IDEAS home Printed from
MyIDEAS: Log in (now much improved!) to save this paper

Economic Analysis of Cost-Effectiveness of Community Engagement to Improve Health

Listed author(s):
  • Andrew Street

    (Centre for Health Economics, University of York)

  • Roy Carr-Hill

    (Centre for Health Economics, University of York)

Liberty of association is one of the building blocks of a democratic society, and presumes that community engagement in a democratic society is universally a good thing. This presumption is not subject to economic analysis, but the issue considered here is whether community engagement is a better vehicle for improving the community’s health than another approach. The problems of applying the standard framework of economic evaluation to consider this issue include: multiple perspectives and time frames; identifying and costing activities and specifically the costs of volunteer time; identifying and measuring benefits; identifying comparator communities; how the intervention interacts with the community and therefore identifying end gainers and losers and eventually how the former might compensate the latter; attribution of any changes in community (health) to the approaches and methods of community engagement (CE); quantification across the whole range of community engagement. We consider three possible ways to apply the tools of economic appraisal to assess community engagement, these being: developing a typology; relying just on effectiveness data from the literature and guesstimating costs; and developing a scenario based on partial information about both costs and benefits. We assess the impact of community engagement on health and health behaviour; the contribution of community engagement to supporting social networks and social capital formation; and other impacts specific to a particular situation, including collective and ideological outcomes (whether of citizenship, obedience or political literacy). We conclude with a set of questions to ask of any CE intervention.

If you experience problems downloading a file, check if you have the proper application to view it first. In case of further problems read the IDEAS help page. Note that these files are not on the IDEAS site. Please be patient as the files may be large.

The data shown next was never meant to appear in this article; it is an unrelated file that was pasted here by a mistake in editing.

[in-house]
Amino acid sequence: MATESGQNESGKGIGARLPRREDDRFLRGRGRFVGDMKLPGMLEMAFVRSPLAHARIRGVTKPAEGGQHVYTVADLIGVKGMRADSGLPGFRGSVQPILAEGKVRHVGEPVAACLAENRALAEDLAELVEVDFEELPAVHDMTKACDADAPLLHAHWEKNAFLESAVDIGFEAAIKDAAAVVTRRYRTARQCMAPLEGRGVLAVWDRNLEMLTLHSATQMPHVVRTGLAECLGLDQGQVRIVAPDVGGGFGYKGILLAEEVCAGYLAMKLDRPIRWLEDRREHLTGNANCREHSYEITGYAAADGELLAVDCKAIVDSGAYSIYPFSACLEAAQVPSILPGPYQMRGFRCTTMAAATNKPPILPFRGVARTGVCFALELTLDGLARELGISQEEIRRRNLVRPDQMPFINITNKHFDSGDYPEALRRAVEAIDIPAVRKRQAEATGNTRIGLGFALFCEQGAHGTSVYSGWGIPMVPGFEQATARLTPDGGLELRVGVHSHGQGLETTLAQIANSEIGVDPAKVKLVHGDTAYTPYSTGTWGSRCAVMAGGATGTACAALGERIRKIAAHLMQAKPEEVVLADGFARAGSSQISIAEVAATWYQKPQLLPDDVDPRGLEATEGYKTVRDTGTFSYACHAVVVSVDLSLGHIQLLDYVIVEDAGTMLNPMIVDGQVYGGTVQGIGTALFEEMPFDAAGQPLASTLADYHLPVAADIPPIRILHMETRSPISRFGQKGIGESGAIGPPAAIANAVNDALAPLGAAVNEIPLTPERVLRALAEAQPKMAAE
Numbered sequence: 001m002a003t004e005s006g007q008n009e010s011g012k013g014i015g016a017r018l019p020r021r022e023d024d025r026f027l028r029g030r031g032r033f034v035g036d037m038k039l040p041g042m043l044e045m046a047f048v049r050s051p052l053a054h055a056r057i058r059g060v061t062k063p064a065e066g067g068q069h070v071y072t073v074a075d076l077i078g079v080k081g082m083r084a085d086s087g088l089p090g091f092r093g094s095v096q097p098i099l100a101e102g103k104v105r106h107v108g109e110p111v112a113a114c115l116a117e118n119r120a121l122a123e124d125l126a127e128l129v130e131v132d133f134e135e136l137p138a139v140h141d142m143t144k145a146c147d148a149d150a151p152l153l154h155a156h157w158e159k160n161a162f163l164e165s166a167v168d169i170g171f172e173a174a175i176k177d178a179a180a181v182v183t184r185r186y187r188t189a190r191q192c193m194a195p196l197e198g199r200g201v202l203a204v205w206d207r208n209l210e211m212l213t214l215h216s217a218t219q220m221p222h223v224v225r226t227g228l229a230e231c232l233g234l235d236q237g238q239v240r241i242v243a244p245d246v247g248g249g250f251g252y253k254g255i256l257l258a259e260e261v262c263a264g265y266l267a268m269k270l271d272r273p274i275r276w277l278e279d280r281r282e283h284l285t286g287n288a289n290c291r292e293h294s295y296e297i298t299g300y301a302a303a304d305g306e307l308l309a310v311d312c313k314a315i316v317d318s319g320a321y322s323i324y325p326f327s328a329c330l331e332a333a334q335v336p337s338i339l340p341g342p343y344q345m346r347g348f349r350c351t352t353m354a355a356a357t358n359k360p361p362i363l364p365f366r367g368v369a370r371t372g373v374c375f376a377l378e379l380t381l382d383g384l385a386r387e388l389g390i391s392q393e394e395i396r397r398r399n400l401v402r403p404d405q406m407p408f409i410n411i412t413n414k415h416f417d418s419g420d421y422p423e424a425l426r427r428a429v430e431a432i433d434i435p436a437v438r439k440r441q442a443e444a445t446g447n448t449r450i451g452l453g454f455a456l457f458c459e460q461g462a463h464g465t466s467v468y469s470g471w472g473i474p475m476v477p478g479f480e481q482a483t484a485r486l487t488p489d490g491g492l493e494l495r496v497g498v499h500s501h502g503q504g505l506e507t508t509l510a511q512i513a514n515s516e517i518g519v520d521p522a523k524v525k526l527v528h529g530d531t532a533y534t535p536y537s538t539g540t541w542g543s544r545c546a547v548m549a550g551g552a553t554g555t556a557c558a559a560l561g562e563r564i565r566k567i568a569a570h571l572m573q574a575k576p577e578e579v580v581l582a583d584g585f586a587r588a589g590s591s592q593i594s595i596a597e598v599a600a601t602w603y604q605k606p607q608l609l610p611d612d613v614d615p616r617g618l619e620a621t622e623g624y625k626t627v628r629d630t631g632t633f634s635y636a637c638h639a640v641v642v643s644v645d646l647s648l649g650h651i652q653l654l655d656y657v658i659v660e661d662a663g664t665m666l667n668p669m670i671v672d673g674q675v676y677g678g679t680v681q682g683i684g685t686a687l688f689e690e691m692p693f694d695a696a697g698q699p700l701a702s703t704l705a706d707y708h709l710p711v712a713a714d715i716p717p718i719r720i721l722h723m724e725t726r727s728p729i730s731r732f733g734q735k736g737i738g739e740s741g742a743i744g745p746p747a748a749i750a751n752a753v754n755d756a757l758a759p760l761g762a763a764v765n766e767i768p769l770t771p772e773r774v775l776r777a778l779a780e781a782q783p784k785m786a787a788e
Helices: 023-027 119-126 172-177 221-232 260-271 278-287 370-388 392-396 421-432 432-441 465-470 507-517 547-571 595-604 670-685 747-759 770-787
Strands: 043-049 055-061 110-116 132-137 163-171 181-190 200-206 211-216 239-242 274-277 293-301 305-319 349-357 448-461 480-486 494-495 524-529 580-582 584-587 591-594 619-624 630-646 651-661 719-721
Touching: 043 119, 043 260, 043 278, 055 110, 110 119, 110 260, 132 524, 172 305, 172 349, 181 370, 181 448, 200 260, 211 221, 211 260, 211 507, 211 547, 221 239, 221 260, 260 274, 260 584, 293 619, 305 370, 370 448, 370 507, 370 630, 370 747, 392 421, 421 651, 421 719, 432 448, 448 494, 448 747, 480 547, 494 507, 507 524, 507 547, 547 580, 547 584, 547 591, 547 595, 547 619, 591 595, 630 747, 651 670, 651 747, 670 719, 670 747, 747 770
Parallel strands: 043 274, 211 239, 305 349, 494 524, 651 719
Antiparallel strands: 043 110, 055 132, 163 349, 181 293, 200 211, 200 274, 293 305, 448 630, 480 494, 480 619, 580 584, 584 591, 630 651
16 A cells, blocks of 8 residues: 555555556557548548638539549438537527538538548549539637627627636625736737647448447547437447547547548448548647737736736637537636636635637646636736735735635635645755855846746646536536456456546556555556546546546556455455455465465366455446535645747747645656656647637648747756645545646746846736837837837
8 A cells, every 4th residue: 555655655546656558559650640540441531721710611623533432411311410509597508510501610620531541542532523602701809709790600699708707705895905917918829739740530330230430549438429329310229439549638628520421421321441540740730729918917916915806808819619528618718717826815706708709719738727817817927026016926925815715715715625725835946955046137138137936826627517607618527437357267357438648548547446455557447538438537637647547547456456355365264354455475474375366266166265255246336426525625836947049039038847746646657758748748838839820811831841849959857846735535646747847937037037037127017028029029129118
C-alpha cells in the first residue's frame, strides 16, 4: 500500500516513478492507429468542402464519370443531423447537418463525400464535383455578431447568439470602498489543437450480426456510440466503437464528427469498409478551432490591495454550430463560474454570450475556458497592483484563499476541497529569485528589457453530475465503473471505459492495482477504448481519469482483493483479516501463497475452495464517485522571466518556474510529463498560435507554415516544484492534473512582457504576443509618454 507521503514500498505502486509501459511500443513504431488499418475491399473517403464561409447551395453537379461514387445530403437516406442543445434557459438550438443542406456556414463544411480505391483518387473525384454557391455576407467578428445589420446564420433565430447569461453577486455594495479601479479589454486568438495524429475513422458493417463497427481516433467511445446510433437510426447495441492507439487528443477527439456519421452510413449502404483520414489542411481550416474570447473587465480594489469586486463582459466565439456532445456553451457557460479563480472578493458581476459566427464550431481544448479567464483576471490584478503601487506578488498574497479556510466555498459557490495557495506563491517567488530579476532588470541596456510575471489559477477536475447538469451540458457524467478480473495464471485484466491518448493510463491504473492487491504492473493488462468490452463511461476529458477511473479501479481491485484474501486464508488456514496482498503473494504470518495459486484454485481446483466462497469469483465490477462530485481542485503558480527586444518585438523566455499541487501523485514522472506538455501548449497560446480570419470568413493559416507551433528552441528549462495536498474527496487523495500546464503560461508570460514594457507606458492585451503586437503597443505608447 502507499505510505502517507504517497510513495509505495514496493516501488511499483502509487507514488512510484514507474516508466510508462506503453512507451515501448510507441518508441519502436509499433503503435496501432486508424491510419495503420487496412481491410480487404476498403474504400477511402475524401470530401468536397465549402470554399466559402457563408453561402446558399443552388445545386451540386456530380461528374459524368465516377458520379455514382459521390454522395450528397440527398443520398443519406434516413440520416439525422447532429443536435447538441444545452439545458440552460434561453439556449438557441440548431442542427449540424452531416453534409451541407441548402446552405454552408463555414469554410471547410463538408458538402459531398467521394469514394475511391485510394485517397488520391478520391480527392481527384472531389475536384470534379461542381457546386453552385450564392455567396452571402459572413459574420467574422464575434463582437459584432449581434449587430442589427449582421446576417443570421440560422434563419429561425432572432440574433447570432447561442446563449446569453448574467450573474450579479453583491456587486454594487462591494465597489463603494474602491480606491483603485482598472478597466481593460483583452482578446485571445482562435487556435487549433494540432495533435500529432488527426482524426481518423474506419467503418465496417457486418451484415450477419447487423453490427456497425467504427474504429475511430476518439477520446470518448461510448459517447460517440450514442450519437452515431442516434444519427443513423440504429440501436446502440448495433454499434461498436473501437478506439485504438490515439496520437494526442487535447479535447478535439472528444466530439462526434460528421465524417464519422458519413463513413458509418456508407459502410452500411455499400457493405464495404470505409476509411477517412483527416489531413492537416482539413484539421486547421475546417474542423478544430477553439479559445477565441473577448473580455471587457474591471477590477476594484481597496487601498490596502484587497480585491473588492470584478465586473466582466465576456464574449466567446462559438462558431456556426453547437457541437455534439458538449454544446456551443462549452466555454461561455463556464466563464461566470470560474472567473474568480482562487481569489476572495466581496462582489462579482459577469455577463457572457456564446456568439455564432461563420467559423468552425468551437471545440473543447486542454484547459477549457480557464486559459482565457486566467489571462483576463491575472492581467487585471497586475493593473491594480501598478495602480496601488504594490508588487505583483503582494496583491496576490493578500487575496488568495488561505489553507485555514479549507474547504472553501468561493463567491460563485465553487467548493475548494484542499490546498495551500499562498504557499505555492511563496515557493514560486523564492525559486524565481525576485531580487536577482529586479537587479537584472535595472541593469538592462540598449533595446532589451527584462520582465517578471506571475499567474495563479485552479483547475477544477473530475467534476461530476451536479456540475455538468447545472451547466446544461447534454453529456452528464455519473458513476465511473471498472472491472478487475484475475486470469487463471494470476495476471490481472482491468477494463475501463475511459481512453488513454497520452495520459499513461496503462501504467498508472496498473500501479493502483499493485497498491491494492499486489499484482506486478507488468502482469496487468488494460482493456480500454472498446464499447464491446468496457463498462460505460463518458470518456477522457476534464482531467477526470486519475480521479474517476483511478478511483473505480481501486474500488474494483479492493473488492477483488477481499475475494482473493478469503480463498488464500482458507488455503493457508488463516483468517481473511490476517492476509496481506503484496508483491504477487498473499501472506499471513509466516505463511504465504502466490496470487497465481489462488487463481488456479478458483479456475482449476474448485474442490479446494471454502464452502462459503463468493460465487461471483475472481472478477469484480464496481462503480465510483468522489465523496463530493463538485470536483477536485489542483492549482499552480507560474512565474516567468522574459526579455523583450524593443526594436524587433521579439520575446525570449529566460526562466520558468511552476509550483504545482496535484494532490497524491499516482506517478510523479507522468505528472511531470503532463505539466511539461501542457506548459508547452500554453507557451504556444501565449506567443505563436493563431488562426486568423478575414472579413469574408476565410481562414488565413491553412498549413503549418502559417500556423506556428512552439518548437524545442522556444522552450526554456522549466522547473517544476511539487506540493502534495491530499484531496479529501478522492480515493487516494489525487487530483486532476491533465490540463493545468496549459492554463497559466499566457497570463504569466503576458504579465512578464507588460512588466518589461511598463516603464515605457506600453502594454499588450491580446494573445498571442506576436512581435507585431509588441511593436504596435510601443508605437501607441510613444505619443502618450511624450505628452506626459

File URL:
File Function: First version, 2008
Download Restriction: no

Paper provided by Centre for Health Economics, University of York in its series Working Papers with number 033cherp.

in new window

Length: 25 pages
Date of creation: Jan 2008
Handle: RePEc:chy:respap:33cherp
Contact details of provider: Postal:
York Y010 5DD

Phone: (01904) 321401
Web page:

More information through EDIRC

No references listed on IDEAS
You can help add them by filling out this form.

This item is not listed on Wikipedia, on a reading list or among the top items on IDEAS.

When requesting a correction, please mention this item's handle: RePEc:chy:respap:33cherp. See general information about how to correct material in RePEc.

For technical questions regarding this item, or to correct its authors, title, abstract, bibliographic or download information, contact: (Frances Sharp)

If you have authored this item and are not yet registered with RePEc, we encourage you to do it here. This allows to link your profile to this item. It also allows you to accept potential citations to this item that we are uncertain about.

If references are entirely missing, you can add them using this form.

If the full references list an item that is present in RePEc, but the system did not link to it, you can help with this form.

If you know of missing items citing this one, you can help us creating those links by adding the relevant references in the same way as above, for each refering item. If you are a registered author of this item, you may also want to check the "citations" tab in your profile, as there may be some citations waiting for confirmation.

Please note that corrections may take a couple of weeks to filter through the various RePEc services.

This information is provided to you by IDEAS at the Research Division of the Federal Reserve Bank of St. Louis using RePEc data.